A state-of-the-art quantum computer, developed at Sweden’s Chalmers University of Technology, will be made available to researchers and companies in the country thanks to a generous funding round.
Additional funding, funded by the Knut and Alice Wallenberg Foundation, will allow Chalmers experts to manufacture a copy of the university’s quantum computer, making it available to Swedish industry. SEK’s 102 million fund will, in addition to developing the technology, ‘A “quantum helpdesk” that enables companies and researchers to solve problems using quantum technology.
Access to quantum computers revolutionizes Swedish industry
Since 2018, Chalmers University of Technology has implemented a large-scale project to design and manufacture a quantum computer in Sweden under the Wallenberg Center for Quantum Technology (WACQT) initiative.
The effort was successful, resulting in a state-of-the-art quantum computer boasting 25 quantum bits (also called qubits). The goal of this project is to reach 100 qubits by 2029. However, even the current capacity of 25 qubits can effectively handle complex algorithms. The main problem with this technique is that it is rarely available as researchers are constantly working on optimizing it.
Per Delsing, Chalmers professor and WACQT director, explains: The aim is to raise Sweden’s level of competence in quantum technology and lower the threshold for using quantum computers. ”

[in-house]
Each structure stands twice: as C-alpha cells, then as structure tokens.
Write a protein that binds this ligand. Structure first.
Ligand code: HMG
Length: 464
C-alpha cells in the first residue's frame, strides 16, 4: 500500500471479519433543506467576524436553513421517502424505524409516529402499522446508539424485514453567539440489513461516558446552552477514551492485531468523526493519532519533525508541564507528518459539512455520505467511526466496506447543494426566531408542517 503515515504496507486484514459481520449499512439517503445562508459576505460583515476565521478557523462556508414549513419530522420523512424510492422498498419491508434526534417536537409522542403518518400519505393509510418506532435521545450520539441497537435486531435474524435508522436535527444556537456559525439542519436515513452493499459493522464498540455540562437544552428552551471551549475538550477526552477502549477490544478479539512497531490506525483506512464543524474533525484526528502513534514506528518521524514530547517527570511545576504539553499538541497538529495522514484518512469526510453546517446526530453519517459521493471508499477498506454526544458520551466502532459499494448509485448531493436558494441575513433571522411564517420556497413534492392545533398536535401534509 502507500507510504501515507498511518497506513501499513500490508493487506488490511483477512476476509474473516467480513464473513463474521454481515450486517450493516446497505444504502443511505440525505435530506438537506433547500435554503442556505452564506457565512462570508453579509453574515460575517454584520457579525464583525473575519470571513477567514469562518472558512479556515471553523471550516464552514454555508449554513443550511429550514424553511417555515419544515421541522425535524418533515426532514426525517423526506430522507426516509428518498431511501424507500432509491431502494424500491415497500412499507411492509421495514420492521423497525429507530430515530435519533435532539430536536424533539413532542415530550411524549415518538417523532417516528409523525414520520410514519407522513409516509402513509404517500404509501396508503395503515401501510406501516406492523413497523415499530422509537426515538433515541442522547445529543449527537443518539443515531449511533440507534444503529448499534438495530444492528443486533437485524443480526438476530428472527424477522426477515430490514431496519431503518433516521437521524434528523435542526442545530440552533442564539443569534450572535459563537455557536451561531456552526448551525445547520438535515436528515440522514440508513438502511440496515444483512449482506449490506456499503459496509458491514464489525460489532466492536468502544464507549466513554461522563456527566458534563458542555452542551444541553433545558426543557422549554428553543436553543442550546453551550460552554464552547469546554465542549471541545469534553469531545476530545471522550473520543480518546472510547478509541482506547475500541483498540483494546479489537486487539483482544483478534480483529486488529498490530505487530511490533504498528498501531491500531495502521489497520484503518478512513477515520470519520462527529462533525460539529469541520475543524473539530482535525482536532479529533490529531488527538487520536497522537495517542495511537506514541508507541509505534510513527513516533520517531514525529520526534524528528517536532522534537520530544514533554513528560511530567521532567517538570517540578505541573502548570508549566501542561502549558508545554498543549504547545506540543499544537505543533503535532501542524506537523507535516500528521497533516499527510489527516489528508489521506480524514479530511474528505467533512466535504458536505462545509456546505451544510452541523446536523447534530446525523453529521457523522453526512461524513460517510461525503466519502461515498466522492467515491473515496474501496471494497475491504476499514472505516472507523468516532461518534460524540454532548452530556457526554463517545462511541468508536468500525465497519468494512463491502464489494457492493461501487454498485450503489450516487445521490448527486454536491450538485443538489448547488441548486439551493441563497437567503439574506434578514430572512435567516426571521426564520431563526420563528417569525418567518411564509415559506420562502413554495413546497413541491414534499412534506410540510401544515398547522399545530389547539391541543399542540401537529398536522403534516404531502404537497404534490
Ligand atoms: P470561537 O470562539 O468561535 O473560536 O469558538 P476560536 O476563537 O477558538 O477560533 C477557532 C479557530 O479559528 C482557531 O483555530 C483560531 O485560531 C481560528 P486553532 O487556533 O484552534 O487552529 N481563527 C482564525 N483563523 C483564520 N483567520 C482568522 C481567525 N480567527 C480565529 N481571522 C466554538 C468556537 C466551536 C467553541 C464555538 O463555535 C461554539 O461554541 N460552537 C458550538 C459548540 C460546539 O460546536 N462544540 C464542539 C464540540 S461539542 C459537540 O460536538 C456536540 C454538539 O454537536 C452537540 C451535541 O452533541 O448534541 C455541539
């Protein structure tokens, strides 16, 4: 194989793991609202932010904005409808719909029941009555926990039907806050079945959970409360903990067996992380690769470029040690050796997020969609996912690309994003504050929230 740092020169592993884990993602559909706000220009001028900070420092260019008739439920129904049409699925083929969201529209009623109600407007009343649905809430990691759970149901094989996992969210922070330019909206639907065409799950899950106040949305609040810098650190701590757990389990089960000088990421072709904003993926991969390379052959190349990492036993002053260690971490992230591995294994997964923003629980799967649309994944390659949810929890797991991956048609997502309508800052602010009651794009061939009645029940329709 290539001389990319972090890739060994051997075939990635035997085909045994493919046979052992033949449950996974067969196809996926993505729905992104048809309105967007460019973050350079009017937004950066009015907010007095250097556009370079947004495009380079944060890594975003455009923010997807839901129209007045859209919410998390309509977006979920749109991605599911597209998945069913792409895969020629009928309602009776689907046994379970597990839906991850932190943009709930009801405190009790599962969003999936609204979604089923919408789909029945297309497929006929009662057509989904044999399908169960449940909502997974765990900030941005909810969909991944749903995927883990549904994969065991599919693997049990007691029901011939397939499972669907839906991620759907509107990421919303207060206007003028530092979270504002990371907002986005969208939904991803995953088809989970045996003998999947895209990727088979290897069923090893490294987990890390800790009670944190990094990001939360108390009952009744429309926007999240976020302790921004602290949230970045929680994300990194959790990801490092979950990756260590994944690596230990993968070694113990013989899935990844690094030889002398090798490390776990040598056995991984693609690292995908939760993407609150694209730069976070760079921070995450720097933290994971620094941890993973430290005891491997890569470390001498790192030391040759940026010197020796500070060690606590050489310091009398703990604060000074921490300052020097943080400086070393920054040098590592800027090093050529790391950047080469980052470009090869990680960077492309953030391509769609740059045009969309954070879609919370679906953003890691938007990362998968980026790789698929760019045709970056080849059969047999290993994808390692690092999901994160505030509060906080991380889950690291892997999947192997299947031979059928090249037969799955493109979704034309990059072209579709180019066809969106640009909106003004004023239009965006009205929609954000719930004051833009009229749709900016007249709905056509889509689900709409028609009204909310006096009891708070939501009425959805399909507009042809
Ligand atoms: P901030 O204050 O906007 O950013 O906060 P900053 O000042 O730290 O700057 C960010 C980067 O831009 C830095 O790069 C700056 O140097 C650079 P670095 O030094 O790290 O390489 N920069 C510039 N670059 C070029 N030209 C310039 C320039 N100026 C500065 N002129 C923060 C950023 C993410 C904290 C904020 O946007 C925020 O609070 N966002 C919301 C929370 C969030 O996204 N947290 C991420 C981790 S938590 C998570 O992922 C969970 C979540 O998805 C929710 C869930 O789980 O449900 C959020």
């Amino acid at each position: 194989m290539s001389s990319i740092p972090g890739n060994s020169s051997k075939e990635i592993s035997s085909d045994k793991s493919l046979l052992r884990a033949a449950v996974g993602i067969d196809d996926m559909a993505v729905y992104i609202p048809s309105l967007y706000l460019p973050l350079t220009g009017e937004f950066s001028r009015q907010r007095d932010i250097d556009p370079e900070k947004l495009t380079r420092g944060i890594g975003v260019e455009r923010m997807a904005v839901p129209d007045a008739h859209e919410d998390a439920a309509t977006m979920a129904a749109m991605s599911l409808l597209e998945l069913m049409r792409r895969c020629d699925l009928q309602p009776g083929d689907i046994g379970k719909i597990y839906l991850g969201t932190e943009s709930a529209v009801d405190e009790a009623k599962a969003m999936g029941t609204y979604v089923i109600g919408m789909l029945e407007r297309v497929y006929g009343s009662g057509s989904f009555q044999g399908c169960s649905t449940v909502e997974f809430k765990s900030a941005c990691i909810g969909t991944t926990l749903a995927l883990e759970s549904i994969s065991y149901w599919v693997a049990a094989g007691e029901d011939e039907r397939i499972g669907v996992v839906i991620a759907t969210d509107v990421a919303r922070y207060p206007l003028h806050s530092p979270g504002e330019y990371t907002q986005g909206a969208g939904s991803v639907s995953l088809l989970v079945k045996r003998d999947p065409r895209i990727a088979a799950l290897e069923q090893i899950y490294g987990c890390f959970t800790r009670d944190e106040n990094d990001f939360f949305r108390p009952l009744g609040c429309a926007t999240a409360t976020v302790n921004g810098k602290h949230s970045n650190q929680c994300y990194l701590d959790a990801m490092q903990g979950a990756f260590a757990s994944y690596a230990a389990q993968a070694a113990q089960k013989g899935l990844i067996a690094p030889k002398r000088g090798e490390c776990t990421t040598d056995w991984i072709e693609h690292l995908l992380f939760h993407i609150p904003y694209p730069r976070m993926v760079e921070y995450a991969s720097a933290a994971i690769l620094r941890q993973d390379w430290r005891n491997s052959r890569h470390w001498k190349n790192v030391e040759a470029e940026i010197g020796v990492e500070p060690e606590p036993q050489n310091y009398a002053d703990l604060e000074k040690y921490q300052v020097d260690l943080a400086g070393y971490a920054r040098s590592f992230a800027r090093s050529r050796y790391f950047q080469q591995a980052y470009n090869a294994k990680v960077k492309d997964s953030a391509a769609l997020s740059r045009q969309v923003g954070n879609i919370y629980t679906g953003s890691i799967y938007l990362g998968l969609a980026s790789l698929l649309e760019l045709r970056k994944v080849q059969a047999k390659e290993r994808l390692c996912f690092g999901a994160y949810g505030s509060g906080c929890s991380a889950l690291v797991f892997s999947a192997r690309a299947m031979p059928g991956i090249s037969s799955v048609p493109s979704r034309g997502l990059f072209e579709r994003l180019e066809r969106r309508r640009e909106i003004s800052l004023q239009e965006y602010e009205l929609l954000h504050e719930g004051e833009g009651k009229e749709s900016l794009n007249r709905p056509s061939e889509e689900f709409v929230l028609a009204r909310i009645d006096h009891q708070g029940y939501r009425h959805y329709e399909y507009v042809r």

How does funding improve accessibility?
In addition to developing a copy of a quantum computer, this funding will help innovate a testbed with a support function (quantum helpdesk) to guide users and troubleshoot problems into workable quantum algorithms. The testbed will also provide test equipment for companies developing quantum technology components.
Delsing adds: For companies, it should be enough to have a problem they’ve heard quantum computers could solve. Quantum Help Desk will help them from there. ”
The test bed will open equipment for testing components and quantum helpdesks in 2024, and quantum computers for running algorithms in 2025.
The technology is more economically viable than previous quantum computers
Making quantum computers commercially available is not a new phenomenon, with various companies making them available through the cloud. However, for users in Sweden, WACQT’s test bed cost is significantly lower.
“Another big difference is that we’re transparent about what’s under the hood of a quantum computer. This allows us to optimize the algorithms in the hardware, so the computation is more likely to succeed,” Delsing said. concluded.